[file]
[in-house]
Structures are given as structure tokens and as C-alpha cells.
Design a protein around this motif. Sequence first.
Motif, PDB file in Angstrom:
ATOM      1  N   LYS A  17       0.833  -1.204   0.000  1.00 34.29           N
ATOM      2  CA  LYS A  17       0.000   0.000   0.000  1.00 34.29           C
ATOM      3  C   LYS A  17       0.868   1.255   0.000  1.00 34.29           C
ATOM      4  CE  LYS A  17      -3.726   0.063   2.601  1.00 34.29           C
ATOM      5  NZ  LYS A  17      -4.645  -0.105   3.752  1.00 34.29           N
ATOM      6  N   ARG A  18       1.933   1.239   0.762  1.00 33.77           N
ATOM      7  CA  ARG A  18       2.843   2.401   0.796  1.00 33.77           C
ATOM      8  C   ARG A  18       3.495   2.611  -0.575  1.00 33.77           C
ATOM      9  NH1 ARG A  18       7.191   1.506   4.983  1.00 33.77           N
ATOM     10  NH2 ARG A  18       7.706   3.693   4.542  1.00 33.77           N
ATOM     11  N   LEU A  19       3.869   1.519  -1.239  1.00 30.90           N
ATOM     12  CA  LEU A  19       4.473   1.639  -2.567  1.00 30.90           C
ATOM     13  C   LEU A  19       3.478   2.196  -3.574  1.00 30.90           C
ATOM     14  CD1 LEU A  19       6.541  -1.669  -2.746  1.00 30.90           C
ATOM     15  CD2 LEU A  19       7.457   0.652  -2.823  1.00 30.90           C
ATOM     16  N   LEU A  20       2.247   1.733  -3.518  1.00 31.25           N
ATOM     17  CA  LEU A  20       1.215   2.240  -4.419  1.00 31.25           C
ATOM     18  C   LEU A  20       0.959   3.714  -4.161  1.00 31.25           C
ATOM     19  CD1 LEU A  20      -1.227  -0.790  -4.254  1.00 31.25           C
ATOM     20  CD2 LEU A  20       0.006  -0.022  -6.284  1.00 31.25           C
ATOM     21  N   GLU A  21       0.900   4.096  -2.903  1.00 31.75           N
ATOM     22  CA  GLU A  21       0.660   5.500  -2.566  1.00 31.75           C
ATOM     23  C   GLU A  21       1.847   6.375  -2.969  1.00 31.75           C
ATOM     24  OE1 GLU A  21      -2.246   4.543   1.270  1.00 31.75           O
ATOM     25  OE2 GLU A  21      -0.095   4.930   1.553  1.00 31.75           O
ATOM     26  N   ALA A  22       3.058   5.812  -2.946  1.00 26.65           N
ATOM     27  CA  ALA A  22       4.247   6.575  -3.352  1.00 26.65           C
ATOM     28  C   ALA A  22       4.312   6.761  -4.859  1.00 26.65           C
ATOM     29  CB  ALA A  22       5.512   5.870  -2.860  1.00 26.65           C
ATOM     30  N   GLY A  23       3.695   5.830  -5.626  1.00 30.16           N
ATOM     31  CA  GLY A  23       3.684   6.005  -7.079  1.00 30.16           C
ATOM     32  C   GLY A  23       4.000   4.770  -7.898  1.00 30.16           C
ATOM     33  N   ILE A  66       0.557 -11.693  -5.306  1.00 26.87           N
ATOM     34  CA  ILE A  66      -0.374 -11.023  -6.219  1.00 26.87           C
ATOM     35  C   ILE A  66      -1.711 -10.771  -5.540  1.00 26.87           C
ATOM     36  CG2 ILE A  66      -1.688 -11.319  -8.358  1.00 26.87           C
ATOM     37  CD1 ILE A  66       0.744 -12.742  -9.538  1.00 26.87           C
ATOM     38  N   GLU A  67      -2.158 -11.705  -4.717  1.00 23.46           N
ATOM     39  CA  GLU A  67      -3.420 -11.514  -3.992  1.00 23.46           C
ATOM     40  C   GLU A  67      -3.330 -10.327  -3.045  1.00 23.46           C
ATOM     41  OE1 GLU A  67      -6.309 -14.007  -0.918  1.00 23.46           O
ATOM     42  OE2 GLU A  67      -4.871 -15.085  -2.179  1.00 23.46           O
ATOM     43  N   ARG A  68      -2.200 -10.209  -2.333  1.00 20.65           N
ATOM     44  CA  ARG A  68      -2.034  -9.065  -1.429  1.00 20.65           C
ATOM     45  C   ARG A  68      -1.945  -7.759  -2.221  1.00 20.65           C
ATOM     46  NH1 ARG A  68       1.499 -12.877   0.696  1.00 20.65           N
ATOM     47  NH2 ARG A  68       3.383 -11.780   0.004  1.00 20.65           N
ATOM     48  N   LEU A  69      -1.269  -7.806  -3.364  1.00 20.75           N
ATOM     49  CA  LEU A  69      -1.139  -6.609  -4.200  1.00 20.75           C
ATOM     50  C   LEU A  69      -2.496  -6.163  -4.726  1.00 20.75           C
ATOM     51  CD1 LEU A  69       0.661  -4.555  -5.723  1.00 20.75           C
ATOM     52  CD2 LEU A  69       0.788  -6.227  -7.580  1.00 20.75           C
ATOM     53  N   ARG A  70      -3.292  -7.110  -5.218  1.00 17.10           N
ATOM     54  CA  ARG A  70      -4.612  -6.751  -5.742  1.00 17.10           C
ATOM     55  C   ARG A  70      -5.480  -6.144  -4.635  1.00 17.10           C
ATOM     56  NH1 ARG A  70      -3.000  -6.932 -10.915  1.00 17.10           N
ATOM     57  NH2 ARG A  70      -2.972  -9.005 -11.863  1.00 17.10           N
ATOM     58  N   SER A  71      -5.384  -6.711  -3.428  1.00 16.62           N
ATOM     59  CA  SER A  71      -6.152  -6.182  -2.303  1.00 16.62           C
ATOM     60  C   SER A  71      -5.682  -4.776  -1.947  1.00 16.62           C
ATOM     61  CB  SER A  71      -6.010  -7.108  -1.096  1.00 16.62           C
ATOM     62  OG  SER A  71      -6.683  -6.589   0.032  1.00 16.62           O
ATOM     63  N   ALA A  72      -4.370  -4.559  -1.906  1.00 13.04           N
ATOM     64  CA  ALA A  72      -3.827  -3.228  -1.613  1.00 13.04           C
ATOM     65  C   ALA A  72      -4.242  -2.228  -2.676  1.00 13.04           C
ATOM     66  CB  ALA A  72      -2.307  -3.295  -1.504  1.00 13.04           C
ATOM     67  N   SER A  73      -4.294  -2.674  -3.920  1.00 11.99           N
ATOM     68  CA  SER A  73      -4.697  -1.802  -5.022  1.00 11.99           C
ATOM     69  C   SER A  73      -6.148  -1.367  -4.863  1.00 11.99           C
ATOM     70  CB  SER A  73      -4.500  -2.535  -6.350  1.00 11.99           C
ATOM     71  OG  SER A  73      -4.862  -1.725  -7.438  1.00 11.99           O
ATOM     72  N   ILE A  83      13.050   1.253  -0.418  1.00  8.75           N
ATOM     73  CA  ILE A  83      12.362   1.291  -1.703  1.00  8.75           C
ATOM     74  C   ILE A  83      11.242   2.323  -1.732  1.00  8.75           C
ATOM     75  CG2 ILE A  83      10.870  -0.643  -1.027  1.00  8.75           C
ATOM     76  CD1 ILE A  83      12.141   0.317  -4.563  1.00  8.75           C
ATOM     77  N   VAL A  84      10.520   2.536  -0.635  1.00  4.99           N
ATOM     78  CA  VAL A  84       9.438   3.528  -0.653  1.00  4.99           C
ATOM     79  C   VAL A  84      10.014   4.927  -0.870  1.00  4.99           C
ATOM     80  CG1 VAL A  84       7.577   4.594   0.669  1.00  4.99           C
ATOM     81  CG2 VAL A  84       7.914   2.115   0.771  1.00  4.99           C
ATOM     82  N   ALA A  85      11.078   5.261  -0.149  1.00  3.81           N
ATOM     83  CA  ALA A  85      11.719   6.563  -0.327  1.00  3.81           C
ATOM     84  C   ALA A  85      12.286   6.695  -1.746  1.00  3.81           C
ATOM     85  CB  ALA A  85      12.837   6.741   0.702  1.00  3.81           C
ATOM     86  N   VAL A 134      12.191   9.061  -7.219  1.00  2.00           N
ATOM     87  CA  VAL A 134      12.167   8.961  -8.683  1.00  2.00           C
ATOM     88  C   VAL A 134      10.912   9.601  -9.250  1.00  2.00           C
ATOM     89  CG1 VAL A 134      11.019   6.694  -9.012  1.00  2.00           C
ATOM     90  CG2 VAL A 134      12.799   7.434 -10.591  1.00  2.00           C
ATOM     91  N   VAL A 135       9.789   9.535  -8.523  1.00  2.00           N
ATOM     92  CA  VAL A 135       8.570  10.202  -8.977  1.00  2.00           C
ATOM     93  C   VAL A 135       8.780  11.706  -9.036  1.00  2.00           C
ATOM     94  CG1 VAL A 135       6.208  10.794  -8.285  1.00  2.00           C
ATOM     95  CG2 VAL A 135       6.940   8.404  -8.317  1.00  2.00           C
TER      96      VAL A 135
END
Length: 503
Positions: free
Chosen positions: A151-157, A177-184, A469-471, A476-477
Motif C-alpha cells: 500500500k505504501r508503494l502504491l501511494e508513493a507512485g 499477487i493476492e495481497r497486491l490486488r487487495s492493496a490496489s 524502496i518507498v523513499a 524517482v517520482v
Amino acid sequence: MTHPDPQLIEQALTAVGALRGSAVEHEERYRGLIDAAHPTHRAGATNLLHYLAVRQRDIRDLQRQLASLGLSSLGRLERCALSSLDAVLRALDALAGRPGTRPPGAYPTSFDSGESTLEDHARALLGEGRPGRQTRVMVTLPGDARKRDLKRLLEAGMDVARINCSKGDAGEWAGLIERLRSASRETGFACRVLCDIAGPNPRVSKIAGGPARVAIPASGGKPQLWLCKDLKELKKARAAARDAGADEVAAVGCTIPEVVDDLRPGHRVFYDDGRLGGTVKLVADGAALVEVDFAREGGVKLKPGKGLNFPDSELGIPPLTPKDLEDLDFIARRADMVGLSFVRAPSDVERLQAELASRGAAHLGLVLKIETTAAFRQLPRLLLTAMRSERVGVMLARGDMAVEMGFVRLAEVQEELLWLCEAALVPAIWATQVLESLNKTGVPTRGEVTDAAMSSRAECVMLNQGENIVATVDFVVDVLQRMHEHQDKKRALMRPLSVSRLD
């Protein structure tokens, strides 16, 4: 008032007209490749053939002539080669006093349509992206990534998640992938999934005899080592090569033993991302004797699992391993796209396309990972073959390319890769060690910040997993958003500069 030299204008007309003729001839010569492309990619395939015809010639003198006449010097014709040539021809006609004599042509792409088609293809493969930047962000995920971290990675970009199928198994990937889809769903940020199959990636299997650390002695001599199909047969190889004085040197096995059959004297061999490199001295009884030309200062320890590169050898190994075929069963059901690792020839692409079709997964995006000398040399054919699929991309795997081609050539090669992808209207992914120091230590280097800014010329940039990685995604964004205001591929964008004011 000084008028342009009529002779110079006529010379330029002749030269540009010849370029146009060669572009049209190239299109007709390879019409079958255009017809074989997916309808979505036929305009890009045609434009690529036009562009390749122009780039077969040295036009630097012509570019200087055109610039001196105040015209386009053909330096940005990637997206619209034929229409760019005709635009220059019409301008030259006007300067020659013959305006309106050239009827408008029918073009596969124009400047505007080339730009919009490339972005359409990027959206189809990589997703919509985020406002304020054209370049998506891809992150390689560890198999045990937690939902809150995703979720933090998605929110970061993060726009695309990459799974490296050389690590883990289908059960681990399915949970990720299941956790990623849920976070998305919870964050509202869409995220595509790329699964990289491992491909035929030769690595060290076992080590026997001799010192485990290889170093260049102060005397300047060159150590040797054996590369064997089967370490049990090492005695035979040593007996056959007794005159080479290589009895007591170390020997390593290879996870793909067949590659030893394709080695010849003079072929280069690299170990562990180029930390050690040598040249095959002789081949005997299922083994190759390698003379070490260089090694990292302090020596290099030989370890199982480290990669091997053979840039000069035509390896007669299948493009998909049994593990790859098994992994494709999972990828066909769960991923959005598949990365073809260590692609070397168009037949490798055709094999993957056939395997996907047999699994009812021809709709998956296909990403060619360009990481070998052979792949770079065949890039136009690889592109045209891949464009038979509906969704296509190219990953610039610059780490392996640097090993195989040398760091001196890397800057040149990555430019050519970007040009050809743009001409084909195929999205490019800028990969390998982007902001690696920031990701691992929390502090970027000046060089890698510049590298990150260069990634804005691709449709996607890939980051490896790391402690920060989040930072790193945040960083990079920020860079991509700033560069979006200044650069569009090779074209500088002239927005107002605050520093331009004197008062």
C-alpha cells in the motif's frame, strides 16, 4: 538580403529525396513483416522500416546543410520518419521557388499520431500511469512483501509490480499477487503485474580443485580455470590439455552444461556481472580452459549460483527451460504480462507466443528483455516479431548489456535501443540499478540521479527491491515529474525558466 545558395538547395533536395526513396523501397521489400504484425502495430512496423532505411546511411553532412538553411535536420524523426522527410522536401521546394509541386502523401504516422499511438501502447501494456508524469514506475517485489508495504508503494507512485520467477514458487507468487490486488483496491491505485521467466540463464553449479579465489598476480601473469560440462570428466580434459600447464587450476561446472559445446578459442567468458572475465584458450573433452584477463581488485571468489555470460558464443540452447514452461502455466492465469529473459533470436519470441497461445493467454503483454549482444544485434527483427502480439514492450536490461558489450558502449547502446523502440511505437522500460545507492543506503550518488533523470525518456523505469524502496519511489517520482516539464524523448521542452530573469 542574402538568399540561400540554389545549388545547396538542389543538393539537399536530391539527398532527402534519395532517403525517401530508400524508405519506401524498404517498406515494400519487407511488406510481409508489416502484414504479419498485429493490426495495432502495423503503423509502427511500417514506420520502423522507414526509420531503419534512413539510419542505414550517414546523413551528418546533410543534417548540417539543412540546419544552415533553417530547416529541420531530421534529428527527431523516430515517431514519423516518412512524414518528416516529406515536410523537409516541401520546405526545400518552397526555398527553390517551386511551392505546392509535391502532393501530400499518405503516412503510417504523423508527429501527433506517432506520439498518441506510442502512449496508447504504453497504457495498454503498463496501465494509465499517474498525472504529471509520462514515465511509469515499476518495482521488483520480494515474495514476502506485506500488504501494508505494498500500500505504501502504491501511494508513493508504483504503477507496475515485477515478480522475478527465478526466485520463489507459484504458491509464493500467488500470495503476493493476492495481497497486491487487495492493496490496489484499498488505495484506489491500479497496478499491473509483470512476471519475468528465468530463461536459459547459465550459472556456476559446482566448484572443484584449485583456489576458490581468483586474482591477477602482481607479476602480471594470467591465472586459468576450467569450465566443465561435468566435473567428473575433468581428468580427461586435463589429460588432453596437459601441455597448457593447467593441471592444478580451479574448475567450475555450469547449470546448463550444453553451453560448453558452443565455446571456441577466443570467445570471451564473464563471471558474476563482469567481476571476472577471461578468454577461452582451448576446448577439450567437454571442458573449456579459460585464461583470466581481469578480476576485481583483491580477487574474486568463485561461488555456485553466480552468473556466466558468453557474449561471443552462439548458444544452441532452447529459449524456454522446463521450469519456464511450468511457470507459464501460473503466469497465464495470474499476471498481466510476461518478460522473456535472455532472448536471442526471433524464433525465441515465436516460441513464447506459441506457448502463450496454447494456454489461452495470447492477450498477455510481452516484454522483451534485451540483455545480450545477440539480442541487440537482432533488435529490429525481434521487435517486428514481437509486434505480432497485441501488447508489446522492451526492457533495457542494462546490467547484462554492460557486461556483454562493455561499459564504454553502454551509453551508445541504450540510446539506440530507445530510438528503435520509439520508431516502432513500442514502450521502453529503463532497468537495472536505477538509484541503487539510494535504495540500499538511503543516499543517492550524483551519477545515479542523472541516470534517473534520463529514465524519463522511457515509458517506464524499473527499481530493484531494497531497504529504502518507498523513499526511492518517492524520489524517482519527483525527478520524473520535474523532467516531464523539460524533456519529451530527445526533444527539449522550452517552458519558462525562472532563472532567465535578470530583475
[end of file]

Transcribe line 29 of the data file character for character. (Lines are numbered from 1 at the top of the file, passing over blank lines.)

ATOM     25  OE2 GLU A  21      -0.095   4.930   1.553  1.00 31.75           O